From his first day at school, Sun Bin, now 21, was bullied for being feminine, a “sissy.”
“I’m used to being called a faggot or a pervert,” said Sun, who is now a junior at a university in central China’s Henan province.
There’s one instance from primary school that Sun will never forget. A dozen or so female classmates one day picked him up, carried him to the girls’ bathroom, and threw him inside. “I was scared and crying in the bathroom for hours,” Sun told Sixth Tone. “I felt hopeless and humiliated.”
Most LGBT — lesbian, gay, bisexual, or transgender — students aren’t sure of their own gender identity or sexual orientation until they are in high school. Their classmates, on the other hand, are much quicker to draw conclusions, labeling anyone who deviates from the norm as “gay.”
“We got bullied because we are different, and being different is not appreciated,” said Sun.
School bullying in general is a widely discussed topic in China, and it even came up during the recently concluded “two sessions” — annual meetings of China’s top legislative and advisory bodies. Policy advisor Shang Shaohua noted that gender equality and gender diversity in particular should be included in teacher training as a preventive measure.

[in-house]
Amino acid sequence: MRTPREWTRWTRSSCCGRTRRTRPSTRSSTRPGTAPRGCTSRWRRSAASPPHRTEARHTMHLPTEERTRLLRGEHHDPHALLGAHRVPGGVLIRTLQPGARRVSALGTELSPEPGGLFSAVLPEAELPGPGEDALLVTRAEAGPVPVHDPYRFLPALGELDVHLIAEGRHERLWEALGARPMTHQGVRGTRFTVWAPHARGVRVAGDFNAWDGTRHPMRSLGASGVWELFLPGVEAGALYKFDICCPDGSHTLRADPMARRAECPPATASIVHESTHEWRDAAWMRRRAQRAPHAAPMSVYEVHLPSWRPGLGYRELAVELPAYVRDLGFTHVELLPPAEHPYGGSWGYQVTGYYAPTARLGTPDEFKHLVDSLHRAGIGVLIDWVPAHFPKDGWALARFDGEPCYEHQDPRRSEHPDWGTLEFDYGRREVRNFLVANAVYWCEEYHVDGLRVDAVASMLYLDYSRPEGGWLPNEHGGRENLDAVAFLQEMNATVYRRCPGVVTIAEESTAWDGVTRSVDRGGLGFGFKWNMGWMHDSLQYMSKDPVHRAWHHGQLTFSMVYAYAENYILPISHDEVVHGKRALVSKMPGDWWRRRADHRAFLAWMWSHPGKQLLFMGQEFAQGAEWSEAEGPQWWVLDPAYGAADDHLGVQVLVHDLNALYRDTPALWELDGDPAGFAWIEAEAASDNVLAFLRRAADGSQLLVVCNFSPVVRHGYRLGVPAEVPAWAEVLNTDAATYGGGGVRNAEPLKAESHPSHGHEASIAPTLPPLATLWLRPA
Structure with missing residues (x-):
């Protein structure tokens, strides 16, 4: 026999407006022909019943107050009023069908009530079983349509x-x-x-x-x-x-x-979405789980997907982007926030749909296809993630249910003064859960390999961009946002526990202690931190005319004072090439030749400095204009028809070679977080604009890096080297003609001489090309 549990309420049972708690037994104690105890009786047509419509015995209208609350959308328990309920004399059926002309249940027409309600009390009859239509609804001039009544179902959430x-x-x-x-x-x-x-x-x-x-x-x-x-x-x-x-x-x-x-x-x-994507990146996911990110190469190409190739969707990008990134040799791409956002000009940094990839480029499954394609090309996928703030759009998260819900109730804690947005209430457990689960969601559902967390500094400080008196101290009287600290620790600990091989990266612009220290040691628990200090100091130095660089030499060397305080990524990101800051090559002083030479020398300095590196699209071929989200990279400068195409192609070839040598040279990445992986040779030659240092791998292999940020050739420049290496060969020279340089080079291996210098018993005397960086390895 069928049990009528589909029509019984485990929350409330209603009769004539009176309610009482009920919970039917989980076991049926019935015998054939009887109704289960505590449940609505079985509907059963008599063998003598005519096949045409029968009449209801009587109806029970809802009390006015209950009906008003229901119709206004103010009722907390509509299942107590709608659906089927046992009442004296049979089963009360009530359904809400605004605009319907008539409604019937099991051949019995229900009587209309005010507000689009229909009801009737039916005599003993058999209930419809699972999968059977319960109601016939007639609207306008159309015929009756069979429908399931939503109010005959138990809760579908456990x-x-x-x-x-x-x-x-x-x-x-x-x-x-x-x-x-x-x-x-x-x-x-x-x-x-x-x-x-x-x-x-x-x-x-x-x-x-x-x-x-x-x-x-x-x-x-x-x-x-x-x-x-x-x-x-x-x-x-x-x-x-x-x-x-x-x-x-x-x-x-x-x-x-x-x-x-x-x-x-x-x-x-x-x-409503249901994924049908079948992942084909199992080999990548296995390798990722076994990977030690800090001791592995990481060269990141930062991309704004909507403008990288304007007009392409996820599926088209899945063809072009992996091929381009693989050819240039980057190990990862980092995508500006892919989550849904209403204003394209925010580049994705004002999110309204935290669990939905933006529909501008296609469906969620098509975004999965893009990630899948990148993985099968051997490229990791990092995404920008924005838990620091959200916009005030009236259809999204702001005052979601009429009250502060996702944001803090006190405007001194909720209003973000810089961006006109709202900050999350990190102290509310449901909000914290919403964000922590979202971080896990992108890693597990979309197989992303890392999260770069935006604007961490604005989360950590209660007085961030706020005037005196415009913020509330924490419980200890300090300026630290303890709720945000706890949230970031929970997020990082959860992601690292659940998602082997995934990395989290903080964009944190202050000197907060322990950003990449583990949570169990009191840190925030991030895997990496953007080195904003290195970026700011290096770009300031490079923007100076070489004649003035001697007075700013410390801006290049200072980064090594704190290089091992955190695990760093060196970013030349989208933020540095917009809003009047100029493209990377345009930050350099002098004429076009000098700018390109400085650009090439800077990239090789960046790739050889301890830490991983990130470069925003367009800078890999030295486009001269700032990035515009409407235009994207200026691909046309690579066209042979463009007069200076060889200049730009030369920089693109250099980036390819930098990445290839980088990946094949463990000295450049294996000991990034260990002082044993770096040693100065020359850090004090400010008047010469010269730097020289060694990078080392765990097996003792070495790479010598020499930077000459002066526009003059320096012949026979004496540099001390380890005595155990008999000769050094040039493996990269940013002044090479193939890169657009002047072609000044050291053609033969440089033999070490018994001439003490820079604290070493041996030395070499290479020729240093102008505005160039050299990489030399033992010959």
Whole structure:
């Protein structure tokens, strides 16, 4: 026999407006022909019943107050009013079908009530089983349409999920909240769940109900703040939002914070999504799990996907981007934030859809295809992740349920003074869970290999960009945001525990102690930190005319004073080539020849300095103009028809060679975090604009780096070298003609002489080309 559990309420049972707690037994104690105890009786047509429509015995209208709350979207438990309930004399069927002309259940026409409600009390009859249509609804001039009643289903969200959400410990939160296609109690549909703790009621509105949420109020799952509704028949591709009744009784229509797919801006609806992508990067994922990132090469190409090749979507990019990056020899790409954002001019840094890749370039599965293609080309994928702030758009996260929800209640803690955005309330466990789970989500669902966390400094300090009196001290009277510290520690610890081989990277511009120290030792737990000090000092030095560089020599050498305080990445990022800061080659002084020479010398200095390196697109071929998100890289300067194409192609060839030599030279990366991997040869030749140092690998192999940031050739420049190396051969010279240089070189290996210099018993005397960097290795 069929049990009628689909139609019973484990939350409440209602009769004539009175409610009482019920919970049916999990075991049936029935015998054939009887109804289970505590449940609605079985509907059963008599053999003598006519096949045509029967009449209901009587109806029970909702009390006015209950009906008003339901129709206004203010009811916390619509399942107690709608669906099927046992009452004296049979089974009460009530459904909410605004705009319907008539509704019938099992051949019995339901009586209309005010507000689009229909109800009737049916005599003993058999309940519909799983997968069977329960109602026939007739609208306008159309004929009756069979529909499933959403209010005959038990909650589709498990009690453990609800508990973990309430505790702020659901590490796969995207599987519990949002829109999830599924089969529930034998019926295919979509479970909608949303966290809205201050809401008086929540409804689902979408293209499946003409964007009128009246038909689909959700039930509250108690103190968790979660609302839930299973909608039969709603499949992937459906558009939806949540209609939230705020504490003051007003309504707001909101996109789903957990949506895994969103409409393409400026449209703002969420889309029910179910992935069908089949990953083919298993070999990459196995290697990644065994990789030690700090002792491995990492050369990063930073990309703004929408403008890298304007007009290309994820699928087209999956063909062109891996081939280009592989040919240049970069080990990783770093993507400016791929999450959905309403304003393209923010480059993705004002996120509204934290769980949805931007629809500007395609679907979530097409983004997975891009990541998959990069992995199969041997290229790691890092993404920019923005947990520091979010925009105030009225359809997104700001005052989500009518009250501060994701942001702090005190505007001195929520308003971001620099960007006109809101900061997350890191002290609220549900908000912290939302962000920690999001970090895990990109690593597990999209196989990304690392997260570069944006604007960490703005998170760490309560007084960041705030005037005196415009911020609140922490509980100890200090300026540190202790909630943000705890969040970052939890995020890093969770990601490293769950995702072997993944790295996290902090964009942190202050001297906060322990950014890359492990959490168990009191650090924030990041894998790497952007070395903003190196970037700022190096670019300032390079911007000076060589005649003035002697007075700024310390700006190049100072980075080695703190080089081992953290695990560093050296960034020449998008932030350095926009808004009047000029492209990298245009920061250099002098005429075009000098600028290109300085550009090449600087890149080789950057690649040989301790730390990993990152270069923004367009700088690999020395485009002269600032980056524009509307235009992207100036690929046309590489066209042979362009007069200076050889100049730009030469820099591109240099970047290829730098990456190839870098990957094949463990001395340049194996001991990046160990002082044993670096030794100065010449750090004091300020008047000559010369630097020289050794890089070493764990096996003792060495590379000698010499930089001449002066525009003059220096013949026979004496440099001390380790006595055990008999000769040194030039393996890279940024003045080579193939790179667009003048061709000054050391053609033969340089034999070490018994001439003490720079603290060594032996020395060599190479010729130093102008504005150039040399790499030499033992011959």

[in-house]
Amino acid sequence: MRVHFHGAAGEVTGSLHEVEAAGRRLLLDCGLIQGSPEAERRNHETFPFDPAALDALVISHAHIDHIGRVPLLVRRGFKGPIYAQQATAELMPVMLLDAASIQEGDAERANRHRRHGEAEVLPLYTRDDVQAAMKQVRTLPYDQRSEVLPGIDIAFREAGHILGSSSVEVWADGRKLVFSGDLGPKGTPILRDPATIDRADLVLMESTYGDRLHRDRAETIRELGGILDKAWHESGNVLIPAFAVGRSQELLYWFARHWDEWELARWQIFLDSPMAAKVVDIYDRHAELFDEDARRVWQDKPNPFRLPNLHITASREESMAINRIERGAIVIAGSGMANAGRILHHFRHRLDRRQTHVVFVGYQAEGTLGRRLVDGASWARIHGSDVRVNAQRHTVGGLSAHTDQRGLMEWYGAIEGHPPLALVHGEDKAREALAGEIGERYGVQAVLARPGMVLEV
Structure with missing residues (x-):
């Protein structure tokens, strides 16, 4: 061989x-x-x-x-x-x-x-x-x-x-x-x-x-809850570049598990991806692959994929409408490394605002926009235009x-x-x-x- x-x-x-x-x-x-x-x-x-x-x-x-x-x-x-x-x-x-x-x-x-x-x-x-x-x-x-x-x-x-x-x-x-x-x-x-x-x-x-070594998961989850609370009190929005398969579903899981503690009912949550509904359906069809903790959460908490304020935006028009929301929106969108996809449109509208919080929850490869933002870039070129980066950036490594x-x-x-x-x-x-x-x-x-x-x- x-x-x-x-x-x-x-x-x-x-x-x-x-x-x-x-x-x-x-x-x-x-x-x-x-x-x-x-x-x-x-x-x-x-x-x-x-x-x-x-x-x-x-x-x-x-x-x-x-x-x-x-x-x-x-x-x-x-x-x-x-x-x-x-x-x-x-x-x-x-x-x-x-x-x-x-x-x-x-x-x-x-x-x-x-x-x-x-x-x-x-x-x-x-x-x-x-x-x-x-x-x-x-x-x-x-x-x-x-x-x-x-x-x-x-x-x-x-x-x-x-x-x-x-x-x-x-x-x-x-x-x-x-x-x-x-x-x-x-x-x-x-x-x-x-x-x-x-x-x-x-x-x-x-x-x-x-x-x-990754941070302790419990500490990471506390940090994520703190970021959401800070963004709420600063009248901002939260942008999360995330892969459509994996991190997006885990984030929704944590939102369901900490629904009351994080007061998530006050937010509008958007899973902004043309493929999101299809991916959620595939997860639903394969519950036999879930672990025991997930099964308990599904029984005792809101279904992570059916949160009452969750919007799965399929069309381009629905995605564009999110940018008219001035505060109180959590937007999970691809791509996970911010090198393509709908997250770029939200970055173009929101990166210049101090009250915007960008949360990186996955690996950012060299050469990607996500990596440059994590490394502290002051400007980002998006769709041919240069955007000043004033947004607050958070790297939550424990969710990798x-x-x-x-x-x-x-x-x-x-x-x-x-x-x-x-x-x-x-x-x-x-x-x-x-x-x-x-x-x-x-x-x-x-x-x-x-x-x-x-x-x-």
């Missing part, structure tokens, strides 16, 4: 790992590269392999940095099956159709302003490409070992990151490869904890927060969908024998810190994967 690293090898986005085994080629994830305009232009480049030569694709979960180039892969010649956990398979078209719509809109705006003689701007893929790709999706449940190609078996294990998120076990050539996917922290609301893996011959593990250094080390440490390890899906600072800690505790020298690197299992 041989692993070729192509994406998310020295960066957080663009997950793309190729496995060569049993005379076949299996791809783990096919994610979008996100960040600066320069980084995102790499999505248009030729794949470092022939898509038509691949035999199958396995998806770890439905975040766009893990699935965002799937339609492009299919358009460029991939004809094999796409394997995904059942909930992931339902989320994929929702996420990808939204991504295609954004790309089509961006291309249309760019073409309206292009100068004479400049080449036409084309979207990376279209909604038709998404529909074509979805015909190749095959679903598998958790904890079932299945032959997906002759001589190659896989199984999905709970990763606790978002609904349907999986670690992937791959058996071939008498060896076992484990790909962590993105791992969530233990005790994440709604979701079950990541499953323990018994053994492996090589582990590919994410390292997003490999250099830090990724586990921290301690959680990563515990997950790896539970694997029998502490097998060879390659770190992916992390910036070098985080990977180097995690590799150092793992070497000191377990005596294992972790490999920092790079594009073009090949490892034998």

Though Shang’s initiative was widely applauded in LGBT circles, many feel that more should be done to raise awareness. “As a group, students of sexual minorities remain neglected by the public,” said Liu Zhaohui, a project officer at Tongyu, a Beijing-based lesbian advocacy group. “When they are bullied at school, they often have nobody to turn to for help.”
Sun’s experiences don’t stand alone. Chinese media reported last year that a female student was drugged with an aphrodisiac by three male students in Huangshan City, eastern China’s Anhui province because they wanted to see a lesbian “making a fool of herself.” The case was deemed a prank by the teachers and the police, and the boys got off with a warning.
Tongyu in 2016 surveyed 3,452 LGBTI (“I” for “intersex”) students about their school environment. Of the respondents — whose average age was 20 — more than two-fifths said bullying and violence against sexual minority students happened in their schools. Of the victims, over half were verbally bullied by homophobic remarks and were told to “pay attention to” their behavior and self-expression. Fourteen percent of victims were sexually harassed by their classmates or teachers.
“In some severe cases, victims were expelled from school or forced to transfer,” Liu at Tongyu told Sixth Tone on Monday, adding that such recourses violate the students’ right to an education.
Sun had hardly any friends at school, regardless of how hard he tried to get in everyone’s good books. “I always played as the monster in video games,” Sun said, referring to the characters that would usually end up getting beaten by the game’s hero, played by someone else. “Only in this way would they play with me,” he added.